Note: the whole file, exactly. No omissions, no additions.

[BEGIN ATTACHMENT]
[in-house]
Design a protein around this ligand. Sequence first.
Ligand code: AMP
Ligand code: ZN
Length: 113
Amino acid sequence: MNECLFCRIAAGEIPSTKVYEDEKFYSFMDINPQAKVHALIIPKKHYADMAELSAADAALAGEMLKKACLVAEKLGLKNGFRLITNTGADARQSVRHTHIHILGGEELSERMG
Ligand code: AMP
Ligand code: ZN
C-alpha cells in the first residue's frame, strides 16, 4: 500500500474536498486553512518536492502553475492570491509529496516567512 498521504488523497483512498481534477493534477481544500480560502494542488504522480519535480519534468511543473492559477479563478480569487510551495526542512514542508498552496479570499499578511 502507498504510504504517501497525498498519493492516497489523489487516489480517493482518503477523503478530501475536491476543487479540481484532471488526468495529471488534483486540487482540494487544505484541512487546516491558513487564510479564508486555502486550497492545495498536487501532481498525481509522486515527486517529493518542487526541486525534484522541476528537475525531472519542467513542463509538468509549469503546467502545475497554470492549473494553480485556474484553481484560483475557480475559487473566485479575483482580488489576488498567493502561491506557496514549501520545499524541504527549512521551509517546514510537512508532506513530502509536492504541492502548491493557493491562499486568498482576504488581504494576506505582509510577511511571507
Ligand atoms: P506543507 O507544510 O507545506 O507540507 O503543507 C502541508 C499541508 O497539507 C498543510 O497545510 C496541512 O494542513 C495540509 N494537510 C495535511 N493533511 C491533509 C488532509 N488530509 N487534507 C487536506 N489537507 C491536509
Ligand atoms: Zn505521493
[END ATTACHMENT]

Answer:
[in-house]
Design a protein around this ligand. Sequence first.
Ligand code: AMP
Ligand code: ZN
Length: 113
Amino acid sequence: MNECLFCRIAAGEIPSTKVYEDEKFYSFMDINPQAKVHALIIPKKHYADMAELSAADAALAGEMLKKACLVAEKLGLKNGFRLITNTGADARQSVRHTHIHILGGEELSERMG
Ligand code: AMP
Ligand code: ZN
C-alpha cells in the first residue's frame, strides 16, 4: 500500500474536498486553512518536492502553475492570491509529496516567512 498521504488523497483512498481534477493534477481544500480560502494542488504522480519535480519534468511543473492559477479563478480569487510551495526542512514542508498552496479570499499578511 502507498504510504504517501497525498498519493492516497489523489487516489480517493482518503477523503478530501475536491476543487479540481484532471488526468495529471488534483486540487482540494487544505484541512487546516491558513487564510479564508486555502486550497492545495498536487501532481498525481509522486515527486517529493518542487526541486525534484522541476528537475525531472519542467513542463509538468509549469503546467502545475497554470492549473494553480485556474484553481484560483475557480475559487473566485479575483482580488489576488498567493502561491506557496514549501520545499524541504527549512521551509517546514510537512508532506513530502509536492504541492502548491493557493491562499486568498482576504488581504494576506505582509510577511511571507
Ligand atoms: P506543507 O507544510 O507545506 O507540507 O503543507 C502541508 C499541508 O497539507 C498543510 O497545510 C496541512 O494542513 C495540509 N494537510 C495535511 N493533511 C491533509 C488532509 N488530509 N487534507 C487536506 N489537507 C491536509
Ligand atoms: Zn505521493